• In Double Dragon Neon's Dragon (Hard) and Double Dragon mode, enemies get a higher HP and do way more damage, even if you have a maxed out mix-tape. Especially on Double Dragon difficulty. But in return you get more money and mithril from fallen enemies and bosses respectively. Which means you'll have an easier time maxing out your special abilities.
  • Grimm difficulty in Shrek the Third heavily increases the damage enemies deal to the point where some of the Elite Mooks can take you out in a couple hits, but doubles all coins collected.
  • In the Streets of Rage series, playing on a harder difficulty level meant enemies not only had more health, but they would also come in bigger waves. However, more enemies also means more points to your score and if you were really good, you could rack up a huge score and net several extra lives as you played. In 3, this also means more chances to net 40,000 points for stars that improve your running attack.

    Fighting Games 
  • Idol Showdown lets you take one of four starting items. Of the four items, (two of which are assist items, one does nothing), the Gladiator Chains buffs your opponents considerably, but gives you boosted money earnings to making shopping for stuff easier.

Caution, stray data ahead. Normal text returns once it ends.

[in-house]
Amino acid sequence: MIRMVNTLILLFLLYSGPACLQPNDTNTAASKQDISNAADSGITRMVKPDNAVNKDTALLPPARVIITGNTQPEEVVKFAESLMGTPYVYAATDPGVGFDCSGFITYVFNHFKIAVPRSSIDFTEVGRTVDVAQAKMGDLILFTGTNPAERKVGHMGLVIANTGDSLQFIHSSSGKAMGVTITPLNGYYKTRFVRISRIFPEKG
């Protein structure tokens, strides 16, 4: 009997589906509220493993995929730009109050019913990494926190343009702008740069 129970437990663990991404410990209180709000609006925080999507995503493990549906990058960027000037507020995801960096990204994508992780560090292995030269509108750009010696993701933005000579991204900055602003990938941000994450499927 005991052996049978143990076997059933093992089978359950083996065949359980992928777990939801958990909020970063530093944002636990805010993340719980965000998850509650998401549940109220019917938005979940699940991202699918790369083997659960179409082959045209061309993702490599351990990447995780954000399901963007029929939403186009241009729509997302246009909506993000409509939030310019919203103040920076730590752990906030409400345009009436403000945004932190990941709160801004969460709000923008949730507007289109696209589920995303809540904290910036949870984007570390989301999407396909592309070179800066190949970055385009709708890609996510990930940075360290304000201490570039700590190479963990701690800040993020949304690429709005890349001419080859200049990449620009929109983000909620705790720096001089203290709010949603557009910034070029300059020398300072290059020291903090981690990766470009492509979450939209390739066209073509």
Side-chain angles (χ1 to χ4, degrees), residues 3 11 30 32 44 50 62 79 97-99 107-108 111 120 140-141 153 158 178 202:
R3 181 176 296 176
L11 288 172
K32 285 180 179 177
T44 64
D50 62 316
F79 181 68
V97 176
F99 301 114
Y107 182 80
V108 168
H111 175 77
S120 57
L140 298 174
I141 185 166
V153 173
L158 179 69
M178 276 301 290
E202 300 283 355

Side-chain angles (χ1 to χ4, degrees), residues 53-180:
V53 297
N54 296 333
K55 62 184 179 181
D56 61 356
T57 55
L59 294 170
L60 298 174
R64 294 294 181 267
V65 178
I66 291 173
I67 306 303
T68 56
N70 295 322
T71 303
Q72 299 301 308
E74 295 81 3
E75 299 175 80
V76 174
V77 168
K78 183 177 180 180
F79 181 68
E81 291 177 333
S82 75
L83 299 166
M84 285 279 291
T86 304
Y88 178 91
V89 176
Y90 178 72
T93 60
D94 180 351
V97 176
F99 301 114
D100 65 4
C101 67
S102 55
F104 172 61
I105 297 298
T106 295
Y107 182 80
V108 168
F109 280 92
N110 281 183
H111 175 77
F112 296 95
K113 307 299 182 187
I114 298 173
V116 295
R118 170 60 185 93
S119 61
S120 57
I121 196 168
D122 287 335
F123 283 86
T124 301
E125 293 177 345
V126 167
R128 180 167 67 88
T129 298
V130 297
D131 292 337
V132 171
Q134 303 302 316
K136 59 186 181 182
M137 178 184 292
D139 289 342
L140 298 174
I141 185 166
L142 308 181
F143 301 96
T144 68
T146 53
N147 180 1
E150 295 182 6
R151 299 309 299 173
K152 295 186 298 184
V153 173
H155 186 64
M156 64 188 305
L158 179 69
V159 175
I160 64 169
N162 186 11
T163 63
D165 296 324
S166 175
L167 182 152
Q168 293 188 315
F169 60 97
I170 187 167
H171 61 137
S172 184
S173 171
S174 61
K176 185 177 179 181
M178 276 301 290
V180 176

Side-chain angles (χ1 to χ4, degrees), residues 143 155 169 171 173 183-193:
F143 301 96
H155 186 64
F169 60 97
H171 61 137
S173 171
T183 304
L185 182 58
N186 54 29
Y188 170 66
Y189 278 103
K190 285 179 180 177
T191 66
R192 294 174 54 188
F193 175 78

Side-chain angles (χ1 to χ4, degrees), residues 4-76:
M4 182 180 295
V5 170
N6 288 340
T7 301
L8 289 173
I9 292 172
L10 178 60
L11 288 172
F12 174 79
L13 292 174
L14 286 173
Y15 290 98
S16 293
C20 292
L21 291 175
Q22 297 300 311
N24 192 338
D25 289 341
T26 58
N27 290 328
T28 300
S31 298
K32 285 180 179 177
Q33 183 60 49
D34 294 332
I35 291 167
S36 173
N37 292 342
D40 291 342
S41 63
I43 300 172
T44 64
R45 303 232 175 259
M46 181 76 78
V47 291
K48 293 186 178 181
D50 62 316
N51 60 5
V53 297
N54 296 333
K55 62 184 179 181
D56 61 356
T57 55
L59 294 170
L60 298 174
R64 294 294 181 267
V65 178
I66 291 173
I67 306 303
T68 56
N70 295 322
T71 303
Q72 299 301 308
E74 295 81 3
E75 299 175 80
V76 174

• Street Fighter: The Movie: Akuma is only fightable on the hardest difficulty.
  • Super Smash Bros.:
    • Playing on higher difficulties gives you bigger bonus points for completing the game on said harder difficulties.
    • In Super Smash Bros. Melee, you can only fight Crazy Hand in Classic and Giga Bowser in Adventure if you're playing on Normal difficulty or higher.
    • In Super Smash Bros. Brawl, more stickers and trophies appear in harder difficulties, especially stickers in the Adventure Mode. Duon's missiles will do more damage to himself the harder the difficulty is, should you successfully direct them back at him.
    • Super Smash Bros. for Nintendo 3DS and Wii U: Both versions introduce a scaling difficulty system similar to Kid Icarus: Uprising for Classic Mode. Spending coins to raise the difficulty gives you a chance at bigger rewards like rare trophies and customization items, and you can only face the True Final Boss on higher difficulties.
    • Super Smash Bros. Ultimate: Crazy Hand will team up with Master Hand on difficulty 7.0 and higher in some of the Classic Mode routes.

    First-Person Shooter 
  • In the Borderlands series, the New Game Plus scales the game to your level but also increases the drop rates for higher rarities. There's also Harder Than Hard difficulties in the form of "Ultimate Vault Hunter Mode" in 2 and the Pre-Sequel or "Mayhem Mode" in 3, which makes the game even harder on top of various modifiers but increases the drop rates even further as well as having certain Legendaries that can only drop on said difficulties.
  • Cruelty Squad doubles your cash reward for finishing a stage if you enable Punishment mode, in exchange for doubling damage taken.